Tuesday, May 11, 2021

Learn CSS3 From A – Z: Getting Started With Layouts

Introduction to CSS3 Layout Properties

Even though CSS3 is not supported on all browsers yet, many web developer have started to use some of the techniques that it provides. CSS3 has evolved into a technology which, when combined with HTML5 and JavaScript, may end up being a Flash-killer. In this series of articles, we will cover the key additions to CSS3. Today, we will start with the layout properties.

CSS3 Box-Sizing

When you are given a box that contains a smaller box placed well away from the edges and you are asked to measure the box, what do you measure? The contents of the box or the box from edge to edge? I would measure the box from edge to edge. Unfortunately the W3C team thought otherwise. That is why, in the W3C box model, the width of an element doesn’t include the borders and padding.

The CSS3 box-sizing property allows you to specify the box model that you want to follow: traditional or the W3C one. The illustration below shows the difference between the two models:

Box Model
Figure 1: Box Models

The CSS3 Code

The CSS3 code for this is very simple. You just need to add the following property to switch the model for a particular element.

#W3C-model {
box-sizing: content-box;

#traditional-model {
box-sizing: border-box;

Note: You should also define the Mozilla-specific and Webkit-specific properties like: -moz-box-sizing and -webkit-box-sizing.

Mozilla has taken this one step further by supporting a new value ‘padding-box’ that will cause the width to be applied to the contents and the padding of the element.

Where Would You Use It?

Having understood how box-sizing works, the next question is where can you use it? Well, its very useful when you have two equal columns. If you give them 50% width each and add some padding and maybe a border, the columns won’t show up side by side. This is an ideal scenario where you can set box-sizing to border-box and happily set the width to 50% for both boxes.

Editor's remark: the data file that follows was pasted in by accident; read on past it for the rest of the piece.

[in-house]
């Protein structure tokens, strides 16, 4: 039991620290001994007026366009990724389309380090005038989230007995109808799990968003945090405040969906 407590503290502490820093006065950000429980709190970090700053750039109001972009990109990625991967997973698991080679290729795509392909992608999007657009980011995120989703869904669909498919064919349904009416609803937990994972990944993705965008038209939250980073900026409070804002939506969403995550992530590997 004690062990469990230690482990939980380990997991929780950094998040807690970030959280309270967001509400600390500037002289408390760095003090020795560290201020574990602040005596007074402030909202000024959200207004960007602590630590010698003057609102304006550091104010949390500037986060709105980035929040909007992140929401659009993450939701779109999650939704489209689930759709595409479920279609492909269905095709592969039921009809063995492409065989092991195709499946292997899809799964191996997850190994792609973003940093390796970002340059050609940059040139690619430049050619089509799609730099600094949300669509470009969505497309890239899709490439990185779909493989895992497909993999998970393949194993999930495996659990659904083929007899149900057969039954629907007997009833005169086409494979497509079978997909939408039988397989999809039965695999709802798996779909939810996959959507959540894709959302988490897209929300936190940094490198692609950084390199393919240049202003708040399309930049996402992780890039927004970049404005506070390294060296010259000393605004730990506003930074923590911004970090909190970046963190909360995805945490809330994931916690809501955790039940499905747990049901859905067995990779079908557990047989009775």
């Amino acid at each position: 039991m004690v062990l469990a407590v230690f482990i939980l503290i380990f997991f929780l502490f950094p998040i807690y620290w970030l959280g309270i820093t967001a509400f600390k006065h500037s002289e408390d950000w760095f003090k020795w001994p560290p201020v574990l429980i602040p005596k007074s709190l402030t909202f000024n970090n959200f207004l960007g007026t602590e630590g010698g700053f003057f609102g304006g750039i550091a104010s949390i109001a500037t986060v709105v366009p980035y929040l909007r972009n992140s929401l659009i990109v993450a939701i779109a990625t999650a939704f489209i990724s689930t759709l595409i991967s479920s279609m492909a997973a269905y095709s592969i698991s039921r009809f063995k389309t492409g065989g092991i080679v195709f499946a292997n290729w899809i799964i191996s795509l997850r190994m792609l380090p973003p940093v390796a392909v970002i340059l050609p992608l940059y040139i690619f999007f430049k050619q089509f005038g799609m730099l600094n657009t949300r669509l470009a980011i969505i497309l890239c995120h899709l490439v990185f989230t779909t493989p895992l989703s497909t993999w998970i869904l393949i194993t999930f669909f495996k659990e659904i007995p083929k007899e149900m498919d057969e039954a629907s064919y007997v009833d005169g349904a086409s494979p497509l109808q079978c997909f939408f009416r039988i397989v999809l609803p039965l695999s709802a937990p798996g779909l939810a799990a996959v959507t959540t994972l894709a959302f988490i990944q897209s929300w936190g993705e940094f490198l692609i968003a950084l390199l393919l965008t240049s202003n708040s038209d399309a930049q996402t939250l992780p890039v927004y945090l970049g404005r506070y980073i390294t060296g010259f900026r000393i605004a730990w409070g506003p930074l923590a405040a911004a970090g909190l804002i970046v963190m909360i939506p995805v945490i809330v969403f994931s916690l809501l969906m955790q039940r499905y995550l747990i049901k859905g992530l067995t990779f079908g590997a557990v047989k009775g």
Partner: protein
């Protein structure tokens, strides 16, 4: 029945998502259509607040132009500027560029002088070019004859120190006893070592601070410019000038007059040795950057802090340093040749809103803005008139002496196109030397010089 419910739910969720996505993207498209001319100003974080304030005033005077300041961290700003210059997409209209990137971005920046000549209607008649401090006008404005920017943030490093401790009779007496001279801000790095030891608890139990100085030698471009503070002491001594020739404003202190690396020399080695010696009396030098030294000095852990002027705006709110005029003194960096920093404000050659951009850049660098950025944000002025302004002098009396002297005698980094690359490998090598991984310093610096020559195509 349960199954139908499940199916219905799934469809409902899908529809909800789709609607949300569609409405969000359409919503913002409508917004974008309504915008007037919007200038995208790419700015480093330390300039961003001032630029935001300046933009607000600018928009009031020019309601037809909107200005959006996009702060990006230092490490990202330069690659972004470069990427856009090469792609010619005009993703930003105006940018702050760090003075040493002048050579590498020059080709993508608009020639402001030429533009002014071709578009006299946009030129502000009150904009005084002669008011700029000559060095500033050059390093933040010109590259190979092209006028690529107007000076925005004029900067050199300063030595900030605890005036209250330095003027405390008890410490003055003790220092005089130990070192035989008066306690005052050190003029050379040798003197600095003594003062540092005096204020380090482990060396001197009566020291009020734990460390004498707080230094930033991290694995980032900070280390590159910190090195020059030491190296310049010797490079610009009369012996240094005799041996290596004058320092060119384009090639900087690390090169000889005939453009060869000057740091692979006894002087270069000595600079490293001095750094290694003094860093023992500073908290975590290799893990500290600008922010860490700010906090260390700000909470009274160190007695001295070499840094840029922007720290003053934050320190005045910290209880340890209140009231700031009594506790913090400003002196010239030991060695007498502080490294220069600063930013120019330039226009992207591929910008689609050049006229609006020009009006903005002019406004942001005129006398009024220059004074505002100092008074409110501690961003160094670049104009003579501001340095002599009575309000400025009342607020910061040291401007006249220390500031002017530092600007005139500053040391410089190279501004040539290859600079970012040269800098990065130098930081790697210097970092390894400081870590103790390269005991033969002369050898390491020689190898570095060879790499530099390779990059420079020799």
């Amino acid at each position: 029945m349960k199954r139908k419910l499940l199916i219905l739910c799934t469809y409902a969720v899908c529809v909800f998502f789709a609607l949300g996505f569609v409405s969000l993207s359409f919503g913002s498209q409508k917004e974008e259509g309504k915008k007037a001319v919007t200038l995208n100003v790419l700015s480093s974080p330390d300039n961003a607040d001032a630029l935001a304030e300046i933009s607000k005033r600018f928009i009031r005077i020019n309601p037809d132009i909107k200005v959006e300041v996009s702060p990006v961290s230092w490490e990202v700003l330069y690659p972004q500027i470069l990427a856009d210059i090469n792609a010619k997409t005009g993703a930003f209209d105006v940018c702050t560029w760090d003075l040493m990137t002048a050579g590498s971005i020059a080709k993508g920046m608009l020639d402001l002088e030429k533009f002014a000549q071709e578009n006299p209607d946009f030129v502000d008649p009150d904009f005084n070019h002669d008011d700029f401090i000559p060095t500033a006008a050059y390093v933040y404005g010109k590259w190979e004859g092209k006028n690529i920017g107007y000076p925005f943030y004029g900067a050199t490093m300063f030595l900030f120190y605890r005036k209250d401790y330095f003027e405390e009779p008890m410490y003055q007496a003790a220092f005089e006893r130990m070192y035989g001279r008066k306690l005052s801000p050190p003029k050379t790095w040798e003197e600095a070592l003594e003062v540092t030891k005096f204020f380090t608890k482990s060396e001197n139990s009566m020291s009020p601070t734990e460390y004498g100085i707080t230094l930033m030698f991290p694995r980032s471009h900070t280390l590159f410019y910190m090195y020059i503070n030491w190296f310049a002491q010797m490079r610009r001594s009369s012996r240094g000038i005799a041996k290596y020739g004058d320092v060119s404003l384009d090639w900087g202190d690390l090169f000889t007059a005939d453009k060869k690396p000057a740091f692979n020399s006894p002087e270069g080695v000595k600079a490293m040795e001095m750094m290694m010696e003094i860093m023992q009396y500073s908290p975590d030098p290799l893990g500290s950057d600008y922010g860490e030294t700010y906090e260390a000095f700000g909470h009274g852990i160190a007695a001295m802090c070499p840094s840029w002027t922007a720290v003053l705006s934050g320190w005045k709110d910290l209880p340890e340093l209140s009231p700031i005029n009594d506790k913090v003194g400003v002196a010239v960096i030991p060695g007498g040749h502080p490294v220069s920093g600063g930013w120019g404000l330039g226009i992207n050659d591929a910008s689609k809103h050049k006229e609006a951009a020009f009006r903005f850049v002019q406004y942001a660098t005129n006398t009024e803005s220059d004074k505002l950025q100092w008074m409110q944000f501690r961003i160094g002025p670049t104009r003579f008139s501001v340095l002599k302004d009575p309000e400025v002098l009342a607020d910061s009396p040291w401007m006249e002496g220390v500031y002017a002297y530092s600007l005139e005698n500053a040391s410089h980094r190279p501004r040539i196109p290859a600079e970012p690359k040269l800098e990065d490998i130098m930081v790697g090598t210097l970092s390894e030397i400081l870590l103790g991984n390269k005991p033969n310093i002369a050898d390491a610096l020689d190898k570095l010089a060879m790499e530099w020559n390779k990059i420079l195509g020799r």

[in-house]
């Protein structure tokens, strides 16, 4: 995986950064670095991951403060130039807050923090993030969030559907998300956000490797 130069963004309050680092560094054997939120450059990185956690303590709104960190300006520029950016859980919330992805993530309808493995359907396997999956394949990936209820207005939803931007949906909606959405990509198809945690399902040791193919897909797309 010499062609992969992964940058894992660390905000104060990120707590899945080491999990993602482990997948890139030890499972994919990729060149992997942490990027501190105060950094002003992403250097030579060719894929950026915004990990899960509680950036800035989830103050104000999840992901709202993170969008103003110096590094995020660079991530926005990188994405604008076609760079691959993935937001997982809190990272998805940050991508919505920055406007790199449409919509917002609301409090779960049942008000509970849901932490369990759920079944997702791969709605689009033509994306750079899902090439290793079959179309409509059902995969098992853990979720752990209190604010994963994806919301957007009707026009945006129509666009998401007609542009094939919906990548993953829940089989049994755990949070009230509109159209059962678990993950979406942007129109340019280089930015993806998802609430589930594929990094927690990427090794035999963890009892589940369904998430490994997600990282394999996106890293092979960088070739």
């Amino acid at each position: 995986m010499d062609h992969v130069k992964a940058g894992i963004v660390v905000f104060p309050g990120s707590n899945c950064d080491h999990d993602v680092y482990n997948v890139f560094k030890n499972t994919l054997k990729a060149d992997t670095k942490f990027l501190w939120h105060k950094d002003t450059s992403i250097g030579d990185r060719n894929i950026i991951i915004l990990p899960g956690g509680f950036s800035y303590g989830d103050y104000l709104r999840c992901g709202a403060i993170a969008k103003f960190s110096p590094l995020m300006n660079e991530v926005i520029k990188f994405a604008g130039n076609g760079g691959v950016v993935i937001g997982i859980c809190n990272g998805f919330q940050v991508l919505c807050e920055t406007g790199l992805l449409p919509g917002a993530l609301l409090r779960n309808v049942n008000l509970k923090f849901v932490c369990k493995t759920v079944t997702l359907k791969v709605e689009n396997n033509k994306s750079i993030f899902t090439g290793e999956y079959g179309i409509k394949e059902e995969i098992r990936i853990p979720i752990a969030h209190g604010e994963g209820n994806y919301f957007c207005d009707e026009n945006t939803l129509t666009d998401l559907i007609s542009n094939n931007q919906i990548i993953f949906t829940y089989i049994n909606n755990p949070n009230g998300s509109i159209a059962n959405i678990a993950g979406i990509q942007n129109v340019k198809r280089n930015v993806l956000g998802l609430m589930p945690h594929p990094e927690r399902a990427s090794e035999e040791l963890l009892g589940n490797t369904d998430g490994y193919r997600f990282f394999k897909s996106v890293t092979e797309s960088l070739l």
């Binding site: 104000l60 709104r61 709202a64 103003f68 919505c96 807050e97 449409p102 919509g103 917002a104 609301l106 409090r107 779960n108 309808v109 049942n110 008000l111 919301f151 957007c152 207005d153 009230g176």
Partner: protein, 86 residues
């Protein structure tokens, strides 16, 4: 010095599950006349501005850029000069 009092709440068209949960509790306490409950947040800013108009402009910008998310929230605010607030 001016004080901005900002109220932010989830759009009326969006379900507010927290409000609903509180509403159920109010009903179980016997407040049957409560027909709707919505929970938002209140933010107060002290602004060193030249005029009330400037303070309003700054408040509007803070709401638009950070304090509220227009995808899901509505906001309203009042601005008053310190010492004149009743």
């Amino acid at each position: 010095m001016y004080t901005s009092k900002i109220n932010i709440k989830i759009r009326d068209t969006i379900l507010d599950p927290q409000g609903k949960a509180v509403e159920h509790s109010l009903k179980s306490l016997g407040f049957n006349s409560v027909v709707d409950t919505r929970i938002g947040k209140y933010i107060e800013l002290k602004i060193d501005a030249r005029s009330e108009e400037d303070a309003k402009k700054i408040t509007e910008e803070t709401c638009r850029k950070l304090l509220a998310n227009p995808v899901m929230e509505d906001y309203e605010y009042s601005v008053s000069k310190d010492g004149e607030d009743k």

CSS3’s Flexbox

Flexbox has to be my favorite addition to CSS3. It lets you create ‘complex’ layouts in a much more sensible way. Until now, the best way for web developers to lay out the page was by using floats and clears. Personally, I find that a “hacky” way of structuring HTML.

Flexbox gives the ‘display’ property a new value called ‘box’, and adds eight new properties:

  • box-orient
  • box-pack
  • box-align
  • box-flex
  • box-flex-group
  • box-ordinal-group
  • box-direction
  • box-lines

This might seem a little overwhelming, but don’t worry, you will only need 4 or 5 of them; and I will explain them.

How it Works

Here are the important properties that you will need for the flex box:

display: box
This new value for the display property switches the element to the box model. This model is also applied to its immediate children.
Values: horizontal, vertical, inherit.
Specifies how to layout the children.
Values: <integer>
Used to reorder elements.
Values: <integer>
The flexibility ratio of this child. If a child has 1 and its sibling has 2, any additional space in the parent box will be consumed twice as much by the sibling.
Values: start, center, end, justify.
Sets the alignment of the box along the box-orient axis. If box-orient is set to horizontal and box-pack is set to end, the contents of this element will be right-aligned.
Values: start, center, end, justify.
Sets the alignment of the box in the opposite direction of the box-orient. So if box-orient is set to horizontal and box-align is set to center, the contents of this element will be vertically centered.

Here is an example of how all these properties are applied:

Figure 2: Example layout using the flexbox technique


So far we have covered the additions to CSS3 that facilitate the way content is paid out within HTML. While some browsers do not currently support these features, at least we can be sure that in the future, we can use them to build websites in a much more sensible manner.

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